Michael de Percy
Nov 17, 2018 rated it it was amazing  ·  review of another edition
Shelves: reviewed

It was with some trepidation that I thought I might adapt some of the Dalai Lama's ideas about "practice" to my own daily routine. I find the Dalai Lama to be more than charismatic; there is something about him that permeates the television. I was rather pleased when I read (p. 223):

Though my own knowledge is limited and my experience is also very poor, I have tried my best to help you understand the full breadth of the Buddha's teaching. Please implement whatever in these pages appears to be he
Maritza Buendía
Aug 16, 2017 rated it liked it
This was an interesting read. The book contains good advice to have a meaningful life and it is also a guide for those searching for purpose or are intrigued about Buddhism. The Dalai Lama, the well-known, beloved and respected spiritual leader of the Tibetan people, tries to explain with simplicity the concepts and practices of a doctrine that has inspired many. However, I didn’t find it particularly easy to follow.

It mostly defines the three main aspects to practice Buddhism: Morality, Concen
Mar 21, 2018 rated it it was ok
I have always been fascinated with Buddhism ever since I took a course in college on different types of religions and what is their belief on animals' wellbeing. I instantly connected with the Buddhist view on animals and one of my favorite quotes is said by Buddha: "Be kind to all creatures. This is the true religion."

This is where most of my low review lies. In the book, Dalai Lama says that we should not request special foods because this leads to discontent. We must take what is given to us
Alexis Bauer Kolak
May 06, 2017 rated it really liked it
It has been a long conference season this year, and I was much in need of something to help me refocus and find some tranquility, so the writings of His Holiness seemed like a logical choice. While I haven't started practicing any of the teachings from this book (yet), it did help me stay focused and relatively calm through some stressful situations, primarily because I had to concentrate on what I was reading. I found that, as with a lot of religious and philosophical writing, what seems at fir ...more
Jan 25, 2018 rated it liked it
Shelves: spirituality
I really wanted to like this book, the concept was really sturdy and seemed very practical.

However when I started to read, I found that a lot of concepts were not explained thoroughly and that some concepts seemed to run in circles, with no clear definition or direction. Maybe if somebody knows a lot about Buddhism then they would find this easier to read but I feel as if the first half was decent, though not overly detailed and later on in the book we were given a lot of little pieces but not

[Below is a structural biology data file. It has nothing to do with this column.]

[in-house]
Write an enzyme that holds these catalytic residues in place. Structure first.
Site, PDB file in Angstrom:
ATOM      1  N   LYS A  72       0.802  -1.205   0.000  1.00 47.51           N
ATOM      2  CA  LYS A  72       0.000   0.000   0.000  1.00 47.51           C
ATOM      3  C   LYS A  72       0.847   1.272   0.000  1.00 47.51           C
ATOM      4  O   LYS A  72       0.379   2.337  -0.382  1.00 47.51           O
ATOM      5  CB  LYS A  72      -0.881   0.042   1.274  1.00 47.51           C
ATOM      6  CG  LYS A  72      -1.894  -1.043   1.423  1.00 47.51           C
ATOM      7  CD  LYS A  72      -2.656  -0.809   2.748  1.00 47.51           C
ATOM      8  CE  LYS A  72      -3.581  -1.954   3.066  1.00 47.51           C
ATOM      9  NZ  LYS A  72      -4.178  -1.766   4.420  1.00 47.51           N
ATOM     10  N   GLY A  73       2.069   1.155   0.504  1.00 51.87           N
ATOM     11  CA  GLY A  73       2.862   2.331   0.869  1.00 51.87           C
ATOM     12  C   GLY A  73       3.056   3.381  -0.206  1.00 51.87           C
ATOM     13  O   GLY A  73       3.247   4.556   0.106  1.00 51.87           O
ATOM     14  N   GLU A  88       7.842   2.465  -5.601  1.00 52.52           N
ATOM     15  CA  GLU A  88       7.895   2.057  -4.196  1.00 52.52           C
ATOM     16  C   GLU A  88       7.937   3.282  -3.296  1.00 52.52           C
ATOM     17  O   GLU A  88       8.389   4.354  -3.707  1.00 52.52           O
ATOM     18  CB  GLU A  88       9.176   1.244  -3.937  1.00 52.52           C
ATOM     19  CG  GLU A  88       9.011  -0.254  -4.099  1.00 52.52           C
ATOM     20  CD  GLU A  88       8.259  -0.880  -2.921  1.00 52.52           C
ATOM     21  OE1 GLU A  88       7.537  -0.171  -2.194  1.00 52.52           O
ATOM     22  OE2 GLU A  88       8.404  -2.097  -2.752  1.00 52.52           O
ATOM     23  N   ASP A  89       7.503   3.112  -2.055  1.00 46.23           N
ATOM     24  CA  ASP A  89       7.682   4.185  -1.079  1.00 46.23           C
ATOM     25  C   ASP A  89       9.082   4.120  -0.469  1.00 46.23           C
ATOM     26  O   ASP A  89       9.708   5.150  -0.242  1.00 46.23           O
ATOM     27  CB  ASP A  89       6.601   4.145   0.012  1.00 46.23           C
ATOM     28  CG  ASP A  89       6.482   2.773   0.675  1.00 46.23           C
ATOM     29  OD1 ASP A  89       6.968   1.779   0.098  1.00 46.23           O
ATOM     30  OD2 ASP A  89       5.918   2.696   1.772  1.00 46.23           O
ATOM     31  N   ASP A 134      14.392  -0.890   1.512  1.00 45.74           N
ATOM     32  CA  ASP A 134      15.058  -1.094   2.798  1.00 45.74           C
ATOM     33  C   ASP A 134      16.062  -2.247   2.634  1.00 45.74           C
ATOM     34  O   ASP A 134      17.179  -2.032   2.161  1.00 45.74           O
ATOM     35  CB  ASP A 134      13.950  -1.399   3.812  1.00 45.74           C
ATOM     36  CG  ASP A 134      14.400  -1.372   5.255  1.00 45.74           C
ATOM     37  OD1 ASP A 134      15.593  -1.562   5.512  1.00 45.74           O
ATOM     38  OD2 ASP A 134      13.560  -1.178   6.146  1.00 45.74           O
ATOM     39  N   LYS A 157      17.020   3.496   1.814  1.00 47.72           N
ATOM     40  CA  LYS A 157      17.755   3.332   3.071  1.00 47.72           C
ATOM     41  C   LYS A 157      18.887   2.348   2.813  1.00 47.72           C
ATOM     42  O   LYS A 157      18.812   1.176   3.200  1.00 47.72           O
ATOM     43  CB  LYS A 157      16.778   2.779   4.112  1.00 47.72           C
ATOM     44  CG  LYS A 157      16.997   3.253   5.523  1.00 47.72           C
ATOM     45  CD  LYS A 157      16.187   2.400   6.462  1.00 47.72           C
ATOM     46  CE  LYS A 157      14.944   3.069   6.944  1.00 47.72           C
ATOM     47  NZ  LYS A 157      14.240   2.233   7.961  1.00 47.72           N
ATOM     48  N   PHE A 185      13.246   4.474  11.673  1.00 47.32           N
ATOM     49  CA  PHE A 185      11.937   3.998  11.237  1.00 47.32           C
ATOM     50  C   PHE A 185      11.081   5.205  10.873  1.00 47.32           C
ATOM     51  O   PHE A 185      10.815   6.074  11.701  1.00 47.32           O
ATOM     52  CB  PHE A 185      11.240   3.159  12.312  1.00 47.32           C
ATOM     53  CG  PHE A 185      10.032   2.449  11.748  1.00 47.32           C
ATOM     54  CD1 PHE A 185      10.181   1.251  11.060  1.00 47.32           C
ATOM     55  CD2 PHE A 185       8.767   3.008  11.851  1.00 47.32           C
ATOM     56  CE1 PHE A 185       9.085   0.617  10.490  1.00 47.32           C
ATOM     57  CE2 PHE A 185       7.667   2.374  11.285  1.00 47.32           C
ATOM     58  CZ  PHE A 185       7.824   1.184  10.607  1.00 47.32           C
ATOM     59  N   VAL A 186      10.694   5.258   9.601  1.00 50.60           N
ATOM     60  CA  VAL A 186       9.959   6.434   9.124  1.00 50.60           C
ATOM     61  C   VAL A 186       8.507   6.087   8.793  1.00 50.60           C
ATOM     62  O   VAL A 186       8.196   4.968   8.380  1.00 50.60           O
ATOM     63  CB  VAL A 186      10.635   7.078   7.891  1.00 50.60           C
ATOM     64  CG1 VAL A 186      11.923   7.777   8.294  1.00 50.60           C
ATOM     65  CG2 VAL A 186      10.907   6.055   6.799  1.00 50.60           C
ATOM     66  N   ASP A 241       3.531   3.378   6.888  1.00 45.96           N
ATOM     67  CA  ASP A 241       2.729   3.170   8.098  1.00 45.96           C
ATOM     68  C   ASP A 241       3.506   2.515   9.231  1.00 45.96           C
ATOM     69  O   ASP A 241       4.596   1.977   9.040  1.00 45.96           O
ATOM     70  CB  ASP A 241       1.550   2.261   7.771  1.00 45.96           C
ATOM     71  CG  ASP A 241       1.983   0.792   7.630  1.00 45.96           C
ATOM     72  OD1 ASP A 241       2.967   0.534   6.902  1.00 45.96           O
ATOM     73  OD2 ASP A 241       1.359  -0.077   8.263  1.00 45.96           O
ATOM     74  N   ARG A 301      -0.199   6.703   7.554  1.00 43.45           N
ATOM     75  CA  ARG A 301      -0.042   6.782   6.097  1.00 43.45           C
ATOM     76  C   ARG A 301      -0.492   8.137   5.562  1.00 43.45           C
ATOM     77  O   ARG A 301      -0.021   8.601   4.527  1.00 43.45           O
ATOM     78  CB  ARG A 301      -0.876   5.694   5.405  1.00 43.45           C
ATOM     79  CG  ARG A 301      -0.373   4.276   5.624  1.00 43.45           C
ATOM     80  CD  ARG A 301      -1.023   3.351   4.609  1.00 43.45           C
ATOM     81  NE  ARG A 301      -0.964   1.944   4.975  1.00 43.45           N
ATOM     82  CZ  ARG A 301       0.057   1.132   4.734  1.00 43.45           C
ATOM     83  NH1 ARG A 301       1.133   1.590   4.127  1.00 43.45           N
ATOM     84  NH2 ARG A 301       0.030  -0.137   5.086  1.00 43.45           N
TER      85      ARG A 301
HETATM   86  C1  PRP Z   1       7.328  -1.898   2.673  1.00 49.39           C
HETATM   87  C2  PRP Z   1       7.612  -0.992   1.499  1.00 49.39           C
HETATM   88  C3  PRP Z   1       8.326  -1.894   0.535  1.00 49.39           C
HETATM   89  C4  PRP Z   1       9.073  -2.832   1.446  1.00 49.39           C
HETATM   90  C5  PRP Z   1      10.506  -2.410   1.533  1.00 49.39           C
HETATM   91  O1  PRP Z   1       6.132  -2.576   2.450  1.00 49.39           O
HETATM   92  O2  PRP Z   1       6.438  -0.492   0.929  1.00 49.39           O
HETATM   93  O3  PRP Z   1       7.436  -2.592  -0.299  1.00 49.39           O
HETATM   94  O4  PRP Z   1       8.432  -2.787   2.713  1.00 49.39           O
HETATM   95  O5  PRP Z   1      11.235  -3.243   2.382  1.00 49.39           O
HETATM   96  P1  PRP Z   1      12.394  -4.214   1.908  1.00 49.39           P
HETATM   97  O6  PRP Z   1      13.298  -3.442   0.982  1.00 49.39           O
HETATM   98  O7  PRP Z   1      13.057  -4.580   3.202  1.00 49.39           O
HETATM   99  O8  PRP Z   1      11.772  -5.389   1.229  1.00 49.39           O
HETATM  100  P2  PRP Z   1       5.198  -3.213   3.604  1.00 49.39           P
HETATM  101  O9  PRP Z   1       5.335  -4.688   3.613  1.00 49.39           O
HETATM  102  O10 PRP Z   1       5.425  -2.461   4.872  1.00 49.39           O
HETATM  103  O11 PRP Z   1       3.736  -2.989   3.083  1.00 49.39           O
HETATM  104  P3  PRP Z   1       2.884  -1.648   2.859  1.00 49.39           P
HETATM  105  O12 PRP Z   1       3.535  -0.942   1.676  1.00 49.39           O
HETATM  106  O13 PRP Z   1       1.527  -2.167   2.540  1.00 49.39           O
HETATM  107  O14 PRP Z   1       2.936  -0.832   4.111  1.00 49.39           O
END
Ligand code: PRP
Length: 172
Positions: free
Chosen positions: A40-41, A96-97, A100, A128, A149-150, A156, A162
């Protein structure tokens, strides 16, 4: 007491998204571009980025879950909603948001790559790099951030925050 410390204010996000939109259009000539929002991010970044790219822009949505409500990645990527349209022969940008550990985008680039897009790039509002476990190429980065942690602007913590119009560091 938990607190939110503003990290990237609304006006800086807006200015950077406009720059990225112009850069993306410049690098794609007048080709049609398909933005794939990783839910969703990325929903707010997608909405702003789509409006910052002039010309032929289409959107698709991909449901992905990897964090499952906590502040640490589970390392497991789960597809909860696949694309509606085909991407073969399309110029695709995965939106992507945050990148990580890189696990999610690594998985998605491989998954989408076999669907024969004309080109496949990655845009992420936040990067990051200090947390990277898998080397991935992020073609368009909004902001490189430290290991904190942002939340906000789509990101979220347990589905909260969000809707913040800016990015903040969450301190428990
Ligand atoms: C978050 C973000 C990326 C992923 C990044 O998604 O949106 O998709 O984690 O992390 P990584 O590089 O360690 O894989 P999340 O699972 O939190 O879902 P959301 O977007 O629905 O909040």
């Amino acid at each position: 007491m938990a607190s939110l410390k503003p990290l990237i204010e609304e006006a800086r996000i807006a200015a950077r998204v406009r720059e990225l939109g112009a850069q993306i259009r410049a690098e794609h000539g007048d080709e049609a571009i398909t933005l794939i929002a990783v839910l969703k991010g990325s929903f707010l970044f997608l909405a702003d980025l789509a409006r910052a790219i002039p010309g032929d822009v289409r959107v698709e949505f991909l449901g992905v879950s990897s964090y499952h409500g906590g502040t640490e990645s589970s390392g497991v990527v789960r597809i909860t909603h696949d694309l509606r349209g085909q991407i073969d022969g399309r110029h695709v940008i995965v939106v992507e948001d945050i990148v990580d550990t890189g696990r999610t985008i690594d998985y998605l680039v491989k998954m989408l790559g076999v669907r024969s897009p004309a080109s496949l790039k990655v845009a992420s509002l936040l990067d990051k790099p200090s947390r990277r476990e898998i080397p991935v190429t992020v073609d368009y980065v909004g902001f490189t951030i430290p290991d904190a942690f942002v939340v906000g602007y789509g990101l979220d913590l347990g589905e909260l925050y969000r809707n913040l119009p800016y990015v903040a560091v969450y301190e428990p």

Audrey Greathouse
Sep 03, 2017 rated it liked it
This was a decent read, but I think it went too deep into the faith, beliefs, and miraculous elements of Buddhism for the average westerner, while still offering little practical insight I had not already gleaned from other Buddhists and their texts. On the whole, this book only reaffirmed that I am interested more in Zen Buddhism than Vajrayana or general Mahayana Buddhism. However, insight into the Dalai Lama's mind is a wonderful gift, and I enjoyed seeing first-hand through his words the fan ...more
Feb 01, 2017 rated it really liked it  ·  review of another edition
A good, interesting, fascinating look at meditation through the Dalai Lama's mindview. This isn't so much a guide to a "meaningful life" as it is a guide to "meditation to try and create a meaningful life". (A bit of a subtle difference there.) Its obviously through the views of the Tibetan Buddhist philosophy, and reincarnation is the prime principle behind the entirety of this work. Everything is leading up to working on bettering yourself for the cyclic nature and trying to forego all of that ...more
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Jetsun Jamphel Ngawang Lobsang Yeshe Tenzin Gyatso (born Lhamo Döndrub), the 14th Dalai Lama, is a practicing member of the Gelug School of Tibetan Buddhism and is influential as a Nobel Peace Prize laureate, the world's most famous Buddhist monk, and the leader of the exiled Tibetan government in India.

Tenzin Gyatso was the fifth of sixteen children born to a farming family. He was proclaimed the
“True change is within; leave the outside as it is.” 174 likes
“My earnest request is that you practice love and kindness whether you believe in a religion or not.” 8 likes